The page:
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Russians Who Fled Military Draft Return Home as Panic Fades

The closure of a temporary mobilization point in Moscow. Irina Bujor / Kommersant

Draft-age men who left Russia in fear of being sent to fight in Ukraine are returning home after Russian President Vladimir Putin announced an end to the country’s chaotic mobilization that swept hundreds of thousands into the Armed Forces. 

After the initial rush to get out of the country spurred by rumors of border closures, many found themselves facing the tough reality of trying to make ends meet in an unfamiliar city.

“My brother and I tried to find a job in Kazakhstan — at the very least a fictitious one to get a residence permit — but nothing came of it,” said Pavel, 21, from Moscow, who returned to Russia after three weeks in the Central Asian country. 

“I fled because of the general panic,” he told The Moscow Times, requesting anonymity to speak freely. “The trip cost us 100,000 rubles ($1,650), but what’s done is done.”

Russia’s drive to conscript fighting-age men that began in late September triggered an unprecedented human exodus, with flights selling out and days-long lines at land border crossings, as those of draft age like Pavel sought to get out as soon as possible. 

Kremlin officials reportedly estimated 700,000 men left the country in under two weeks. 

Now, however, the flow of men in the opposite direction is gathering pace. Many appear to have been influenced by official pledges that nobody else will be drafted.

Putin told reporters Monday that “mobilization is complete” and Defense Minister Sergei Shoigu said last week that Putin’s goal of calling up 300,000 reservists had been achieved. 


					Vladimir Putin and Defense Minister Sergei Shoigu visit a military training ground in the Ryazan region.					 					kremlin.ru
Vladimir Putin and Defense Minister Sergei Shoigu visit a military training ground in the Ryazan region. kremlin.ru

Moscow carpenter Semyon, who declined to give his surname, said he decided to go back home from the South Caucasus nation of Armenia after Moscow Mayor Sergei Sobyanin announced mobilization in the Russian capital was complete. 

“The police have stopped catching men on the streets and in metro stations,” said Semyon, who left his wife and two daughters in Moscow.

Nevertheless, many remain wary, fearing a second wave of mobilization could be launched if Russia continues to suffer heavy casualties in Ukraine. 

“I still think coming back was a stupid decision, but it's hard to resist emotions,” said Pavel, whose girlfriend remained in Russia while he was away. 

Pavel’s brother, who declined to give his name, is still in Kazakhstan, but told The Moscow Times that he intends to travel to Russia soon. 

“Forced emigration, especially alone, is mentally difficult,” he said. 

“[But] it's scary to go back. Although technically I can’t be mobilized because I work in IT, this does not guarantee anything in Russia.”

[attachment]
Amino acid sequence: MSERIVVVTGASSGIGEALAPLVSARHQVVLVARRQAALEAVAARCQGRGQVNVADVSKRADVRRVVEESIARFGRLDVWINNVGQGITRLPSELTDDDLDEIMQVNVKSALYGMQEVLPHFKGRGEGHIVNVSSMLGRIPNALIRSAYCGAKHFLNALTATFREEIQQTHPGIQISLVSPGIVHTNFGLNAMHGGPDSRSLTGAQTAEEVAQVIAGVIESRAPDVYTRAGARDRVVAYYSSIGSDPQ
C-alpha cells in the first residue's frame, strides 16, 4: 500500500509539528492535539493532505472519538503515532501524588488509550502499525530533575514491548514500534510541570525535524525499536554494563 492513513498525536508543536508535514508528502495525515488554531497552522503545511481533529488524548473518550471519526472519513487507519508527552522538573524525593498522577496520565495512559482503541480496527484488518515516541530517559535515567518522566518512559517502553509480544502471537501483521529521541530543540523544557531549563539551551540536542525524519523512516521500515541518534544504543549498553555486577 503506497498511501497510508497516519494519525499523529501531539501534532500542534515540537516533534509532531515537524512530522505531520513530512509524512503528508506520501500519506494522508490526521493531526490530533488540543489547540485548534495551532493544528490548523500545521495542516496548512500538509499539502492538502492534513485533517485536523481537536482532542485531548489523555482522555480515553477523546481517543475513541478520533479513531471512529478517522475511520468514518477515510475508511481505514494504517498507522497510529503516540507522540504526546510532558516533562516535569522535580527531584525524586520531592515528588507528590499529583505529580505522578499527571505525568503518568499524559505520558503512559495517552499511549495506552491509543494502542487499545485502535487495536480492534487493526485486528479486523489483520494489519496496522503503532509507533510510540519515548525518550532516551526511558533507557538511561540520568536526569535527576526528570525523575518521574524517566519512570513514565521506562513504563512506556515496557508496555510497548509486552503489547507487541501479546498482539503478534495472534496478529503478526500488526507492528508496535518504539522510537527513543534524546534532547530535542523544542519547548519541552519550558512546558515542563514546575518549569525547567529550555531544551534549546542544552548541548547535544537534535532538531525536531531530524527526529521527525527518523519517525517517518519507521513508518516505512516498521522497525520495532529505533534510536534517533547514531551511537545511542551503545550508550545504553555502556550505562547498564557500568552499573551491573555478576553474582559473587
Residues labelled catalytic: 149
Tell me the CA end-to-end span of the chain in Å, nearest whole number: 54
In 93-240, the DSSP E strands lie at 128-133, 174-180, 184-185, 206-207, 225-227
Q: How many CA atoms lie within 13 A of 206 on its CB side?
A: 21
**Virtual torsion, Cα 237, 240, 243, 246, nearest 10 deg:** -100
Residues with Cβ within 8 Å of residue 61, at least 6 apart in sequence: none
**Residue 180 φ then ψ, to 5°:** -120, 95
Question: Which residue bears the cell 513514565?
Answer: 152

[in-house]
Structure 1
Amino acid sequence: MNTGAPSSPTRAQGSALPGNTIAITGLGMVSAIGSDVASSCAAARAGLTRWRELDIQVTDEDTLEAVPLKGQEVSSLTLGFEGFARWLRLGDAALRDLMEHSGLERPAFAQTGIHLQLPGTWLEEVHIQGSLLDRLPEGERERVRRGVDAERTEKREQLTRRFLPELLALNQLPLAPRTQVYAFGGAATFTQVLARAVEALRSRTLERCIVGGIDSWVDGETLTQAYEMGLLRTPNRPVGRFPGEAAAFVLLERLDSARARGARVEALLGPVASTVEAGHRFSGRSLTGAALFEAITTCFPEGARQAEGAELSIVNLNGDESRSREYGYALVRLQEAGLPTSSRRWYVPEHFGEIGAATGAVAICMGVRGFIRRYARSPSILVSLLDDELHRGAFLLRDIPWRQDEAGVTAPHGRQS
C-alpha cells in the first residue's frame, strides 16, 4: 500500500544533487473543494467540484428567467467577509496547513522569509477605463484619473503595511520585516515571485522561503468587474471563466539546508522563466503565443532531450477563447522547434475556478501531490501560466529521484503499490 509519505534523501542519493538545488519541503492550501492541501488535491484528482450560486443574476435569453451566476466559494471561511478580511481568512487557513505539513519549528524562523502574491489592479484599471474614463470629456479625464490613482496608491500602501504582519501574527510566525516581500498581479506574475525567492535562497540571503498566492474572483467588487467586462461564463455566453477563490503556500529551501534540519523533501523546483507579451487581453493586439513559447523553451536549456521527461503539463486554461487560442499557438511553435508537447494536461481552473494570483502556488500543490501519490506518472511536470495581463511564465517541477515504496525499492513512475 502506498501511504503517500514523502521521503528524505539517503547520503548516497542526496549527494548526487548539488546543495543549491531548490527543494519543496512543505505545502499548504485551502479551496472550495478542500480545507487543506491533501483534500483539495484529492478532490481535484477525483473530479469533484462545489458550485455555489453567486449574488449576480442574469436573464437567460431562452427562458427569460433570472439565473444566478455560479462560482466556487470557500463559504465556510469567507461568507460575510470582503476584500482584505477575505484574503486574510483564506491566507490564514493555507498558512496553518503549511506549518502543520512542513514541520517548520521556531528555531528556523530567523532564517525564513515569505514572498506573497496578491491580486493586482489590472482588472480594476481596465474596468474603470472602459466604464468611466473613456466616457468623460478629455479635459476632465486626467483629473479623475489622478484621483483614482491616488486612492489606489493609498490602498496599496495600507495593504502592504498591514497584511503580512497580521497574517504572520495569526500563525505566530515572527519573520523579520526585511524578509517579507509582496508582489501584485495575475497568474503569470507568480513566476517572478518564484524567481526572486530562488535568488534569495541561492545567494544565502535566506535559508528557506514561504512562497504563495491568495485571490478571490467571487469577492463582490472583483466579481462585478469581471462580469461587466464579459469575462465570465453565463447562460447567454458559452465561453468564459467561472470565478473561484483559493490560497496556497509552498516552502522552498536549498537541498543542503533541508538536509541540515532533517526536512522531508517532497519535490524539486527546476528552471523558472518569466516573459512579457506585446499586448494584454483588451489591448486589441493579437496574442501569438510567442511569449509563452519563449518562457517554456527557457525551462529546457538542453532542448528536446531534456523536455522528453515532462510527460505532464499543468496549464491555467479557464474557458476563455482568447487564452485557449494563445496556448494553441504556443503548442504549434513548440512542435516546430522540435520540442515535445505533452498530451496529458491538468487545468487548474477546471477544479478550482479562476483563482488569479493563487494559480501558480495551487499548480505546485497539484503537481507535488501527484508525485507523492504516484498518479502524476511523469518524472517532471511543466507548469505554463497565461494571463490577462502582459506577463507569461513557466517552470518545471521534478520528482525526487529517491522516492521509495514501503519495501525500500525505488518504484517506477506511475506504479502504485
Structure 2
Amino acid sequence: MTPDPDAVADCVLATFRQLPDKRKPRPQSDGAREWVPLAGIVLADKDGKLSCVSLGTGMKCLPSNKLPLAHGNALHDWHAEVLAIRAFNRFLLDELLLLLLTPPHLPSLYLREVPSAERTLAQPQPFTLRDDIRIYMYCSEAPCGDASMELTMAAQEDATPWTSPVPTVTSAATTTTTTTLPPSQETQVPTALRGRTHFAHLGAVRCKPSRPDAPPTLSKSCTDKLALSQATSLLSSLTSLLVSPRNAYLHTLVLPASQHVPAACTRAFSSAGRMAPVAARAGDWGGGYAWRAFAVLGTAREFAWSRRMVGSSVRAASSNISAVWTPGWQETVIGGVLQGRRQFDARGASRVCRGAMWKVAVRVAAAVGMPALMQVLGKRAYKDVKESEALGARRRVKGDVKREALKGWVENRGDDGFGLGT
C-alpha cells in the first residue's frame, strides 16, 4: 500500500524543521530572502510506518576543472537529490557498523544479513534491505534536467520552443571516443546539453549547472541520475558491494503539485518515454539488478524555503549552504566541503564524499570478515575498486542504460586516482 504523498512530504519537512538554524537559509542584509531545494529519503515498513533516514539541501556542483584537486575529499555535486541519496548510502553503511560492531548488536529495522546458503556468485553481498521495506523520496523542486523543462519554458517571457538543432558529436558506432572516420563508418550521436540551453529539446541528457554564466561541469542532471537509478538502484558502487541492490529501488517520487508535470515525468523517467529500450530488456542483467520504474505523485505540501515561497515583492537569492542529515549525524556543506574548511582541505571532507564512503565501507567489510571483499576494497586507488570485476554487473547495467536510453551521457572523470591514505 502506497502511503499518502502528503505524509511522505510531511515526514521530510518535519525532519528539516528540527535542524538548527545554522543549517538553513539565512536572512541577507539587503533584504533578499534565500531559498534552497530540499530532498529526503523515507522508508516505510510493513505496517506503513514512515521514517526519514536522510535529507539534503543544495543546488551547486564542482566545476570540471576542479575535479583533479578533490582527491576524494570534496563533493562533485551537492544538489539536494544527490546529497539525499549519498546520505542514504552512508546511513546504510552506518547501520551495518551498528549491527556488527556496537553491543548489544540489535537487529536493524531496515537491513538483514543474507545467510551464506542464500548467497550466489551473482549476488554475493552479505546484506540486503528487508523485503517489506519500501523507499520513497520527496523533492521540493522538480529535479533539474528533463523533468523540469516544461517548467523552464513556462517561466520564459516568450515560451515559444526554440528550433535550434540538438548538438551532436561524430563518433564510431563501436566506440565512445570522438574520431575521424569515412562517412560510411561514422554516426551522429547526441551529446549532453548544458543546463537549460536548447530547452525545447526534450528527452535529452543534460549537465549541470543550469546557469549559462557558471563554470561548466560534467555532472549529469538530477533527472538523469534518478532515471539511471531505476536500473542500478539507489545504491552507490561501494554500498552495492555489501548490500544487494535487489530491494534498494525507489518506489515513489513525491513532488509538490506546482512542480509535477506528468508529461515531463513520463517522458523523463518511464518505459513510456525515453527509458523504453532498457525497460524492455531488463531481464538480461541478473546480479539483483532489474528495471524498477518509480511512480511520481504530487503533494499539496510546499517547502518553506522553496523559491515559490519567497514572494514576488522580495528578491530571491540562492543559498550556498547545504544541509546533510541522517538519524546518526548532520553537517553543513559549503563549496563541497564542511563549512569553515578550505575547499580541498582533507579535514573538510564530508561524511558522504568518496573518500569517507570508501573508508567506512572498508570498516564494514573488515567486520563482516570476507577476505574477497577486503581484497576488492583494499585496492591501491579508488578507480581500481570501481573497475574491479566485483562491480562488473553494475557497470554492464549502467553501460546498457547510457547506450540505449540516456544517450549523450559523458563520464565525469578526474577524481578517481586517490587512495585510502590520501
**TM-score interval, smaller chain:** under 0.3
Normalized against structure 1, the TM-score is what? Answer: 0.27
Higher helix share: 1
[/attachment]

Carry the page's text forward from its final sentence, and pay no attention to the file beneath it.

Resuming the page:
Those returning not only face possible jail time if deemed by authorities to be draft dodgers, but also a general stigma fueled by official rhetoric.


					The cllosure of a temporary mobilization point in Moscow.					 					Sergei Vedyashkin / Moskva News Agency
The cllosure of a temporary mobilization point in Moscow. Sergei Vedyashkin / Moskva News Agency

Influential Russian lawmaker Andrei Klimov said last month that those who evaded mobilization by leaving the country could be designated “foreign agents” — a derogatory Soviet-era label that mandates onerous financial declarations. 

And the head of Russia’s Federation Council, Valentina Matviyenko, called Russians who went abroad “rats” and said that they were not welcome in the country anymore. 

Experts have predicted throwing poorly-trained conscripts will not reverse Russia’s military fortunes in Ukraine, warning that Russia could restart mobilization if it continues to suffer defeats on the battlefield. 

The authorities could send out draft notices again later this winter, independent media outlet Meduza reported last month, citing unnamed Kremlin officials. 

One businessman from St. Petersburg, who is currently living in the Armenian capital of Yerevan, said he was planning to go back to Russia — but not quite yet. 

“I left the business in Russia and it continues to operate,” he told The Moscow Times, requesting anonymity to speak freely. “I believe that everything will end soon and I will return to Russia… I love my country despite the fact that it is a little sick.”


					The closure of a temporary mobilization point in Moscow.					 					Sergei Vedyashkin / Moskva News Agency
The closure of a temporary mobilization point in Moscow. Sergei Vedyashkin / Moskva News Agency

Carpenter Semyon, who recently returned to Moscow, said that if the Kremlin starts drafting men again, he will again look to leave the country.  

“If there is a second wave of mobilization, then I will try to leave,” he told The Moscow Times. “But this time it will be with my family.”

That large numbers of Russians are returning home as mobilization winds down is no surprise for Nika Karchevskaya, 24, who moved to neighboring Georgia shortly after the start of the Russian invasion in February and volunteered to help those fleeing in late September. 

“There were those who left with no more than 10,000 rubles ($165). You should have seen the poor souls! They didn't even have jobs they could do online. I don't know what they were hoping for,” she told The Moscow Times. 

In particular, Karchevskaya was involved in helping Russians navigate the huge lines that formed at Russia’s only land border crossing with Georgia following the mobilization call. 

“Many of those whom I helped to leave have already returned,” she said. 

“I think about half of the refugees will go back to Russia.”

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